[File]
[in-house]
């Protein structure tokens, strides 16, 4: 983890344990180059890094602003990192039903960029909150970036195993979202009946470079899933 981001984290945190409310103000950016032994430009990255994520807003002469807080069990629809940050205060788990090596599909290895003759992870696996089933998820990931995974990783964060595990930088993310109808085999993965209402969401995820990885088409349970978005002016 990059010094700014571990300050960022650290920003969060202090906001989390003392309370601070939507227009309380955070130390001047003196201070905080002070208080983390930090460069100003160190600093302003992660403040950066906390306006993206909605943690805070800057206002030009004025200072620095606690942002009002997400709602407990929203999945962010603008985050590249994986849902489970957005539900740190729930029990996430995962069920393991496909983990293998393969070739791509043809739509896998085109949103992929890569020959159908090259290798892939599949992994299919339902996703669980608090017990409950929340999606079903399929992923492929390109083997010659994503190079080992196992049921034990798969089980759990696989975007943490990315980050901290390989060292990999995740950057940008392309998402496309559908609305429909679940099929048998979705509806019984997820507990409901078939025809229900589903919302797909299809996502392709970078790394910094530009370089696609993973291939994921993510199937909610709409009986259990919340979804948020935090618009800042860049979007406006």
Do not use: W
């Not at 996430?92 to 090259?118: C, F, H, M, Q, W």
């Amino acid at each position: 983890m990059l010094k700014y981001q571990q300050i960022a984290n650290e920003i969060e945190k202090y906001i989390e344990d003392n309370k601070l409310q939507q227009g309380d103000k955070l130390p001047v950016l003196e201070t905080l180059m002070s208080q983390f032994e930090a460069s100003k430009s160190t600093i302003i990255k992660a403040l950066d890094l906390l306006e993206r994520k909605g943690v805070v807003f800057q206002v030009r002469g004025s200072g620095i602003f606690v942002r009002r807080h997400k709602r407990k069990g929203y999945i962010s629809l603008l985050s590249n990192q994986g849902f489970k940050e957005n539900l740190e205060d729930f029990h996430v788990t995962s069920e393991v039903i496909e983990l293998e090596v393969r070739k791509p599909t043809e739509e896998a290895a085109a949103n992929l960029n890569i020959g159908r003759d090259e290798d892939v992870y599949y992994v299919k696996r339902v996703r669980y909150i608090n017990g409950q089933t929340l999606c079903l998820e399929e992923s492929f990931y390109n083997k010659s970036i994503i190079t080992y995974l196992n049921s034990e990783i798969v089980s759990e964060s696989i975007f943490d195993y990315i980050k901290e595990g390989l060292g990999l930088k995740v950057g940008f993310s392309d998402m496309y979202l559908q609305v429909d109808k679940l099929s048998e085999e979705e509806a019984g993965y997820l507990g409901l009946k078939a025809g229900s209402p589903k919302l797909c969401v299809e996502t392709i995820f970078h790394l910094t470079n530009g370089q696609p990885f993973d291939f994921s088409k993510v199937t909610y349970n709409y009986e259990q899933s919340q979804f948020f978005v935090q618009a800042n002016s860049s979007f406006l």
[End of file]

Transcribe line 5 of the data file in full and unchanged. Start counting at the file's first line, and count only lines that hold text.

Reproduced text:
């Amino acid at each position: 983890m990059l010094k700014y981001q571990q300050i960022a984290n650290e920003i969060e945190k202090y906001i989390e344990d003392n309370k601070l409310q939507q227009g309380d103000k955070l130390p001047v950016l003196e201070t905080l180059m002070s208080q983390f032994e930090a460069s100003k430009s160190t600093i302003i990255k992660a403040l950066d890094l906390l306006e993206r994520k909605g943690v805070v807003f800057q206002v030009r002469g004025s200072g620095i602003f606690v942002r009002r807080h997400k709602r407990k069990g929203y999945i962010s629809l603008l985050s590249n990192q994986g849902f489970k940050e957005n539900l740190e205060d729930f029990h996430v788990t995962s069920e393991v039903i496909e983990l293998e090596v393969r070739k791509p599909t043809e739509e896998a290895a085109a949103n992929l960029n890569i020959g159908r003759d090259e290798d892939v992870y599949y992994v299919k696996r339902v996703r669980y909150i608090n017990g409950q089933t929340l999606c079903l998820e399929e992923s492929f990931y390109n083997k010659s970036i994503i190079t080992y995974l196992n049921s034990e990783i798969v089980s759990e964060s696989i975007f943490d195993y990315i980050k901290e595990g390989l060292g990999l930088k995740v950057g940008f993310s392309d998402m496309y979202l559908q609305v429909d109808k679940l099929s048998e085999e979705e509806a019984g993965y997820l507990g409901l009946k078939a025809g229900s209402p589903k919302l797909c969401v299809e996502t392709i995820f970078h790394l910094t470079n530009g370089q696609p990885f993973d291939f994921s088409k993510v199937t909610y349970n709409y009986e259990q899933s919340q979804f948020f978005v935090q618009a800042n002016s860049s979007f406006l």